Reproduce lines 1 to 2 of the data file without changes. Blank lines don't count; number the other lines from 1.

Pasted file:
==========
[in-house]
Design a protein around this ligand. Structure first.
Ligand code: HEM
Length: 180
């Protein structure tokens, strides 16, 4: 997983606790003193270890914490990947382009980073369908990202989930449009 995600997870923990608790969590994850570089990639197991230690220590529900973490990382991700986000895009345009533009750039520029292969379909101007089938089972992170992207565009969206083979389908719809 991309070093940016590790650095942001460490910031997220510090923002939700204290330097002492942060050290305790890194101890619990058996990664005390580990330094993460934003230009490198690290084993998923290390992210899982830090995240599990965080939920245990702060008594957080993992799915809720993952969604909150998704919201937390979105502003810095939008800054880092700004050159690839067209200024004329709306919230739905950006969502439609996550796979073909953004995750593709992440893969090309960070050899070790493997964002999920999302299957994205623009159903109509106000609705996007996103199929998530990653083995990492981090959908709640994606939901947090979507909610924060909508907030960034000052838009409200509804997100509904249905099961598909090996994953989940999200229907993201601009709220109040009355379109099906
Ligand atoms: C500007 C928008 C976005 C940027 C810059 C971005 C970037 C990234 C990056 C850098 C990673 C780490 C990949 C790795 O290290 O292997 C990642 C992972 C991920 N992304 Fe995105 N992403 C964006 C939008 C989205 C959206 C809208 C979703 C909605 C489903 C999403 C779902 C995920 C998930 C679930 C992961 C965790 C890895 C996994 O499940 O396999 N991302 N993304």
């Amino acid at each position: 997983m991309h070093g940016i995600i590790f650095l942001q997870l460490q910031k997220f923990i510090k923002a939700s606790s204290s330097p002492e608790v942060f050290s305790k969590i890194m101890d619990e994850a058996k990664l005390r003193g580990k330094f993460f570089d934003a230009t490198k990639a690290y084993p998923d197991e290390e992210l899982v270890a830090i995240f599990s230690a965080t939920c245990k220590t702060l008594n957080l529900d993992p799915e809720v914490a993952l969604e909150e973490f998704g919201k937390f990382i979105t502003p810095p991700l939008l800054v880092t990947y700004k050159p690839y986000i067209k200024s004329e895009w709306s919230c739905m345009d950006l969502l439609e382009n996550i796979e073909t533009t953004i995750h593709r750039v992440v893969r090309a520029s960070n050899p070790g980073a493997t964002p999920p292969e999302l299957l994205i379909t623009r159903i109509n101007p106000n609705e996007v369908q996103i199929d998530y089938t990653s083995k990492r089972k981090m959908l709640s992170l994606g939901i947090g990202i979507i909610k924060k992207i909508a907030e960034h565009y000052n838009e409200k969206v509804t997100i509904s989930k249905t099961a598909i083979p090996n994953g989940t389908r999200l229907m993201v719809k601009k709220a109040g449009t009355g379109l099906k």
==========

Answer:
[in-house]
Design a protein around this ligand. Structure first.